Louise Krug reflects on traumatic brain condition with her heartfelt memoirs


courtesy of Louise Krug

Louis Krug is a source of inspiration for many. Having suffered a traumatic brain injury, Krug shows that it’s possible to overcome tough odds.

Against all odds, when nothing is going as planned, it can be difficult to see the light at the end of the tunnel. However, as difficult as times may be, Louise Krug believes in perseverance.

Louis Krug, associate professor of English, is the embodiment of perseverance. Having suffered a traumatic brain condition, Krug gracefully shows that she can overcome tough odds.

After working at Washburn University as an associate professor of English for eight years, she has recently been awarded the CTEL Innovation in the Pillar of Assessment award.

At the age of 22, Krug suffered a cavernous angioma in her brain stem. This occurs when a malformed blood vessel bursts in the brain. This condition is congenital, meaning that it’s present from birth. Unfortunately, Krug’s condition was not detected until it was too late.

Krug shows a drawing of her labelling components of the brain and the brain stem. This drawing indicated the location of her cavernous angioma and was included in her memoir “Louise: Amended.” (Humphry Del Castillo)

Krug graduated from the University of Kansas with a bachelor of science in journalism. Upon graduation, Krug traveled to Santa Barbara, California, where she pursued celebrity journalism by freelancing for Us Weekly.

Suddenly, Krug fell ill with stroke-like symptoms, such as numbness and headaches. These symptoms put her life and career on hold as she was diagnosed with her condition and had to undergo brain surgery. After the surgery, Krug had to re-learn basic tasks like how to walk and interact with others.

Eventually, she put aside her journalism career and went back to the University of Kansas to pursue a master’s degree in fine arts. KU graduate students are required to teach at the university, so it was at her alma mater that she found her passion for teaching. She then decided to continue her education and career by pursuing a doctorate in English and creative writing.

In her memoirs, Krug reflects on her state of mind as she suffered and recovered from her condition. Her first book, “Louise: Amended,” is a memoir told through rotating points of view that capture how the condition affected both her and her family. The memoir illustrates the perspectives of her loved ones as she undergoes a physically and emotionally excruciating rehabilitation process.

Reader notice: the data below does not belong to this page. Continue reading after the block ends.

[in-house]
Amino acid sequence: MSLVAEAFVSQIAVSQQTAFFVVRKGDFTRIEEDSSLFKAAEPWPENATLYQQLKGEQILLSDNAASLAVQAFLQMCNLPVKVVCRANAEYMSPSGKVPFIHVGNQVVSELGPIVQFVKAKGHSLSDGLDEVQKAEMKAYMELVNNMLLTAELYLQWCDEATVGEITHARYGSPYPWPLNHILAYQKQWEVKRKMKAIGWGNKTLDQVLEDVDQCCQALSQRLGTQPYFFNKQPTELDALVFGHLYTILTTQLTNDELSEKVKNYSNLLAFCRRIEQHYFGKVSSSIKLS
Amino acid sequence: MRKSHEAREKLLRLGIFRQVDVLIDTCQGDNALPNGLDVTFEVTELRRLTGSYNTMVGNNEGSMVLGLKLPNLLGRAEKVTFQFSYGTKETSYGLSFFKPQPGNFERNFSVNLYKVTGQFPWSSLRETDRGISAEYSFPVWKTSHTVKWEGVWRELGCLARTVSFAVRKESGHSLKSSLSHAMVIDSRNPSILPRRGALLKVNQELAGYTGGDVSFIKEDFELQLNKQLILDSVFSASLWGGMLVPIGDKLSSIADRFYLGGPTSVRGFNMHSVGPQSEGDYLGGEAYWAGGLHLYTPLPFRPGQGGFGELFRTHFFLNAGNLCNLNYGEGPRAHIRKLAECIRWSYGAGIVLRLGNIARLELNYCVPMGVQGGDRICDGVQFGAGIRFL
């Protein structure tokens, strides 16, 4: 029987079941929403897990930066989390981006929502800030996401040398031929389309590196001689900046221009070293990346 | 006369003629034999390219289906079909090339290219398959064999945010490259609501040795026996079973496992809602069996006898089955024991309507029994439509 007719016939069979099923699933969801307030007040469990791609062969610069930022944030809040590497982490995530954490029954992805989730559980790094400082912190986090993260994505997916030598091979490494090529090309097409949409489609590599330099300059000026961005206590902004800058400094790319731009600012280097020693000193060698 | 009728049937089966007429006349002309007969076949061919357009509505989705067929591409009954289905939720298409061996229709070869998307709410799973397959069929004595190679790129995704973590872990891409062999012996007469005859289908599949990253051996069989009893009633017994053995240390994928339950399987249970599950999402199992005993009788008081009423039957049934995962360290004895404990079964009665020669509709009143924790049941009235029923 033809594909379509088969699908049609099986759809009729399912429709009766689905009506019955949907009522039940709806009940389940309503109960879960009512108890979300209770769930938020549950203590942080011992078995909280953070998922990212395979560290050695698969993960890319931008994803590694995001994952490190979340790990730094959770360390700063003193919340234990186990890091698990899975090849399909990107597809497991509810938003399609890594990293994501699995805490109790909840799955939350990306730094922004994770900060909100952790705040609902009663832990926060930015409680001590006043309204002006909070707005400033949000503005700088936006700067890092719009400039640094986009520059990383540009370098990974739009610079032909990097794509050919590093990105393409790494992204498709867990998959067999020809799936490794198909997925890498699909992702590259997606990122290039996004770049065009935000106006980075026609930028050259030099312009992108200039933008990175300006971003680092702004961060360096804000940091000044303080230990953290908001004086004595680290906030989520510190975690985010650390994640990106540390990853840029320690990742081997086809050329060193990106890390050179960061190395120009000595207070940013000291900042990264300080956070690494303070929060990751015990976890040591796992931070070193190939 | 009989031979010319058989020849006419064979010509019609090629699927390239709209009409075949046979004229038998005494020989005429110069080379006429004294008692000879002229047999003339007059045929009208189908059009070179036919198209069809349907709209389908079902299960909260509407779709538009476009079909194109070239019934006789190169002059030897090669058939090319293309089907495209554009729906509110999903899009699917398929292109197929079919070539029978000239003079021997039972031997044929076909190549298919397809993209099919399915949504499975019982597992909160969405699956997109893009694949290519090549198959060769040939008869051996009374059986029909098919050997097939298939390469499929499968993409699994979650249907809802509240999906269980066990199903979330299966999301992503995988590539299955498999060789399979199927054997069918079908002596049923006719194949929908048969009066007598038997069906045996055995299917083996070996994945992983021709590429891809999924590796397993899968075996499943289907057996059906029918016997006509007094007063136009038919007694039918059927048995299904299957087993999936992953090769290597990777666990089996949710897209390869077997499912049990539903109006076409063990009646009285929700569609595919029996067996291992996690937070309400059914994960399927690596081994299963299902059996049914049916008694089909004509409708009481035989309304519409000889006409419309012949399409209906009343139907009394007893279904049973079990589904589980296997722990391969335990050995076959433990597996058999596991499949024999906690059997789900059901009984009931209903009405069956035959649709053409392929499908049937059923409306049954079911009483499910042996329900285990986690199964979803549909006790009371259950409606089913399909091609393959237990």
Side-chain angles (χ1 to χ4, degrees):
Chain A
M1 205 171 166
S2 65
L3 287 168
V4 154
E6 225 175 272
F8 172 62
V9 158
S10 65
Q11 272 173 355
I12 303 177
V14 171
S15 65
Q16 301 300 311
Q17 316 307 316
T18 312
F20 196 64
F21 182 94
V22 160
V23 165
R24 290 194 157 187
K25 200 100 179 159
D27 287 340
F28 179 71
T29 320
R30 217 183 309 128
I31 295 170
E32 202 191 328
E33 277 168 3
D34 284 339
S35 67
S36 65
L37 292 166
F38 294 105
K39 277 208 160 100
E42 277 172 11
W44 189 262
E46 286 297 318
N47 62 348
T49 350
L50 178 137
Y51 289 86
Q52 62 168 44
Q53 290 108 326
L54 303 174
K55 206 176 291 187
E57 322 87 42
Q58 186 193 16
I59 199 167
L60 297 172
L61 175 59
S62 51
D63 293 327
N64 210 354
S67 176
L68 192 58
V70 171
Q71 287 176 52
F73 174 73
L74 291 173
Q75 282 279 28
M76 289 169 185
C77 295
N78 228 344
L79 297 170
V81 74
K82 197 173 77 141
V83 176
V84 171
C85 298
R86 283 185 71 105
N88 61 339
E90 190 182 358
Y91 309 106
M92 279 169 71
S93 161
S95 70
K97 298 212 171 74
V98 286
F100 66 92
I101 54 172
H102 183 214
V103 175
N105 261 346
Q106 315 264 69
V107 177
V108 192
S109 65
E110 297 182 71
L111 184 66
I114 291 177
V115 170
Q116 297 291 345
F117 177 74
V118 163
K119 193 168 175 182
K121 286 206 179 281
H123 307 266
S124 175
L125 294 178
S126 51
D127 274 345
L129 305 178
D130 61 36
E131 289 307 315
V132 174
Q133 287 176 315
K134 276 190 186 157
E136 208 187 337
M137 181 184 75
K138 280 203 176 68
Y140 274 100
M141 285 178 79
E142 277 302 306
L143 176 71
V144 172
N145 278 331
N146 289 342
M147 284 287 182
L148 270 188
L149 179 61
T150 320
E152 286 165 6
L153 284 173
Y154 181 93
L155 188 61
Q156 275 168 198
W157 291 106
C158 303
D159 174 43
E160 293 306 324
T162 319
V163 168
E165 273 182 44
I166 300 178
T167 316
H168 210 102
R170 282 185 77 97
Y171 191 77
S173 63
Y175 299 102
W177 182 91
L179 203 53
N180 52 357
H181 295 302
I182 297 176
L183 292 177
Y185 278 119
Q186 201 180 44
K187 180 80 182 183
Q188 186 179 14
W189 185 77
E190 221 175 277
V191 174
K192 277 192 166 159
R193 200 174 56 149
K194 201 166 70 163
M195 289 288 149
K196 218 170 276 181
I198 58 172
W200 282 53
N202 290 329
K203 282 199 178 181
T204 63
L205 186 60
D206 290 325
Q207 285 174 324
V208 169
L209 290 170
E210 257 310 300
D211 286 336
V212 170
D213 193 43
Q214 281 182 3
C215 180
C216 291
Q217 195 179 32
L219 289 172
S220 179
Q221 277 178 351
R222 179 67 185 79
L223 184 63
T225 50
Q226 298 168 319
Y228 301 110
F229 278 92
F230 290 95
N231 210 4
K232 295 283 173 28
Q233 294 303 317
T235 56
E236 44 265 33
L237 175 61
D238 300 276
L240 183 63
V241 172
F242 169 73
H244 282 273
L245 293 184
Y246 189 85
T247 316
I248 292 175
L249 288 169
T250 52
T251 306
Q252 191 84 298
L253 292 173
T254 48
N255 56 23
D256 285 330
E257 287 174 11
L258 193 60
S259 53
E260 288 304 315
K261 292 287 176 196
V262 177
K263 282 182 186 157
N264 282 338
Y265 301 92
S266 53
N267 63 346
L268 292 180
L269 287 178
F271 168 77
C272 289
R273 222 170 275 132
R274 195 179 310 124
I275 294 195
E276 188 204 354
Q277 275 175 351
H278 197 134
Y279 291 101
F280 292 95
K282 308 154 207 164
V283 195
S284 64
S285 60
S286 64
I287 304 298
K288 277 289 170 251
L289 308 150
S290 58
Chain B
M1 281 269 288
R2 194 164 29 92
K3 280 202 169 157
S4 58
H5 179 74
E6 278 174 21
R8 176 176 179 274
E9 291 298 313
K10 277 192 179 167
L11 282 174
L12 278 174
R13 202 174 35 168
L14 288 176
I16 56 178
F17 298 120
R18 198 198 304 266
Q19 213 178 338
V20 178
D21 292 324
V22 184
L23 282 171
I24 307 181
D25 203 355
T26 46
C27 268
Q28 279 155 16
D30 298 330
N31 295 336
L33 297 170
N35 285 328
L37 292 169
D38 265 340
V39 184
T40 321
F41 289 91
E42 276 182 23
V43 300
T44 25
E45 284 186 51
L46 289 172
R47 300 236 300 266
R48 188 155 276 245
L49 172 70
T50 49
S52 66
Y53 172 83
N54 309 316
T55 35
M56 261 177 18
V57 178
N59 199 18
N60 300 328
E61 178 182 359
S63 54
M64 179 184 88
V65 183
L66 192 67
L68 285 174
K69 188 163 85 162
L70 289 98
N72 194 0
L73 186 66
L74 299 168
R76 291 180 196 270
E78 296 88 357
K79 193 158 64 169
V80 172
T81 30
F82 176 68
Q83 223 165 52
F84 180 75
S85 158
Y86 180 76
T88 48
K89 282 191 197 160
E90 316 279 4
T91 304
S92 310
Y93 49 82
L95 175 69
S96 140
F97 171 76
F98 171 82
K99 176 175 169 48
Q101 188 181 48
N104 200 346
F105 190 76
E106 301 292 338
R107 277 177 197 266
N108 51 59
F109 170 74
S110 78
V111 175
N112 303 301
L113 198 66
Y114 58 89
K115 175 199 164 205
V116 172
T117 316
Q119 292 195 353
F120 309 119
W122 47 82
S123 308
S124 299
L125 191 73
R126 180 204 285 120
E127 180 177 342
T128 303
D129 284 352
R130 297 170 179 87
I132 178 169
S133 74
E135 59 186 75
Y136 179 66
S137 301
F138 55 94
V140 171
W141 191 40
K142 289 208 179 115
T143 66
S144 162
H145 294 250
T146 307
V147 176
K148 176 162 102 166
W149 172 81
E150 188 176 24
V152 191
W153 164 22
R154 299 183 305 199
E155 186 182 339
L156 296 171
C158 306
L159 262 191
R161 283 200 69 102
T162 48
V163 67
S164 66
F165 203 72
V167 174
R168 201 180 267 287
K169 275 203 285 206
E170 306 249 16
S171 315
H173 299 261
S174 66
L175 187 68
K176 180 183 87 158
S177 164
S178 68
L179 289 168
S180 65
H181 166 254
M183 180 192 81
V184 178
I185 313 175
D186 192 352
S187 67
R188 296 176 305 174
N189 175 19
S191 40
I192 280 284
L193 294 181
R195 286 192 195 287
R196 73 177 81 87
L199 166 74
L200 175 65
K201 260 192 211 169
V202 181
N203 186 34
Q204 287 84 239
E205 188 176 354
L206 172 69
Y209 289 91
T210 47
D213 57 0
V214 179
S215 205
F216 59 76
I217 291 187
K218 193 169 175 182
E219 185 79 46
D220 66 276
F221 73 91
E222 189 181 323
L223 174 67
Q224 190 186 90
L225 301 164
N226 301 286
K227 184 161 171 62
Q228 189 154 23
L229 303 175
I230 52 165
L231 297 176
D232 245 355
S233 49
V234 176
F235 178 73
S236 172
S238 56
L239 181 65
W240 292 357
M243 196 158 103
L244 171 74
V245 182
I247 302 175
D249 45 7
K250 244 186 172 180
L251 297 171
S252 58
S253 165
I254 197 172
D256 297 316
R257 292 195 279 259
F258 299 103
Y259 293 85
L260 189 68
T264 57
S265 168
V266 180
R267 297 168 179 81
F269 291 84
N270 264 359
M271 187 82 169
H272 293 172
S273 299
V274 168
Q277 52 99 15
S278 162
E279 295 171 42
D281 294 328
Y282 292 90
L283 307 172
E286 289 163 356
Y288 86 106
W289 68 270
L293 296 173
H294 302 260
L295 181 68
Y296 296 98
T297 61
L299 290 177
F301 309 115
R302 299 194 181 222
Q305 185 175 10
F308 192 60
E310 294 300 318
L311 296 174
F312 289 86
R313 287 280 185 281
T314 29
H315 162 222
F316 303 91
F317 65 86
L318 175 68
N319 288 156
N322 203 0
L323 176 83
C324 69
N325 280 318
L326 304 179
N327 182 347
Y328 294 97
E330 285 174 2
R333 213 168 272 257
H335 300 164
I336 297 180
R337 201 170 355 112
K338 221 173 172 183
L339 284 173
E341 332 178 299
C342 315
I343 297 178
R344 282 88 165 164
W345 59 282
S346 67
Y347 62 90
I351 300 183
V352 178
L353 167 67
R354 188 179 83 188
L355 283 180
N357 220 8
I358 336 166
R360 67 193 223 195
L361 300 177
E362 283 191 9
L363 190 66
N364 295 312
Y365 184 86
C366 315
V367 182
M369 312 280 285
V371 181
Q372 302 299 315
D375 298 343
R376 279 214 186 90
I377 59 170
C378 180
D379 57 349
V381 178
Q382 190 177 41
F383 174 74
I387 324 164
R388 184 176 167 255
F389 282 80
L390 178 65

Her second book, “Tilted: The Post-Brain Surgery Journals,” consists of short essays that illustrate the experiences of both her and her loved ones after recovery. These essays cover seemingly mundane topics which through the filter of having had a brain surgery offer a profound insight. Examples of such topics include shopping at a grocery store, being married with kids, riding a bike, and getting your picture taken.

Karen Barron, senior lecturer in the English department and next-door officemate of Krug, shares her opinion on Krug’s writing style.

“It’s concise and she has what I call ‘zingers.’ It’s just really effective and I am a fan of minimalist writing. The writing is spare but powerful,” Barron said.

Barron, who joins Krug in a writing group with other faculty, has read both of Krug’s memoirs. “I admire people that write memoirs. I’m a fiction writer so I like the filter of fiction. It’s easier for me to get to the truth through fiction and I think anyone who does it is just brave,” says Barron.

Dennis Etzel Jr., senior lecturer in the English department and a dear friend of Krug’s since 2007, also admires her memoirs.

“Her memoirs are amazing works. She has her wit that she uses in her writing. She’s really just a master at writing,” Etzel Jr. said.

Etzel Jr. believes Krug’s effective writing style and her heartfelt emotions are apparent in her memoirs.

“She really discloses the things she had gone through and she speaks about herself in the third person. So it’s really powerful and it’s just a really interesting effect,” Etzel Jr said.

Writing her memoirs gave Krug the opportunity to fully digest, reflect and grow from her traumatic experiences. One aspect she enjoyed writing about was poking fun at herself. Given that the subject matter can be dark, it was a way for her to make light out of a dark situation.

The most difficult part for her to write was the epilogue in “Tilted: The Post-Brain Surgery Journals.” She doesn’t write about her kids much but she was encouraged by her editor to write what she wanted to tell her kids about the book.

“That’s really hard, thinking about if I ever want them to read the books. I don’t like thinking about that. I’m sure they will someday, but hopefully a long time from now,” Krug said.

Sometimes, when people are going through tough times, they could feel like it will never get better. Thinking past her memoirs, if Krug could go back in time to when she was first recovering, she would tell herself that it would get better and that things always change.

Evidently, it’s not easy to suffer and recover from a traumatic event. Krug illustrates this sentiment in her memoirs. As a beacon of hope and a source of inspiration for anyone who is currently struggling, Krug shows the power of perseverance and the outcomes it can create in one’s life.


Edited by Cee Spiller and Glorianna Noland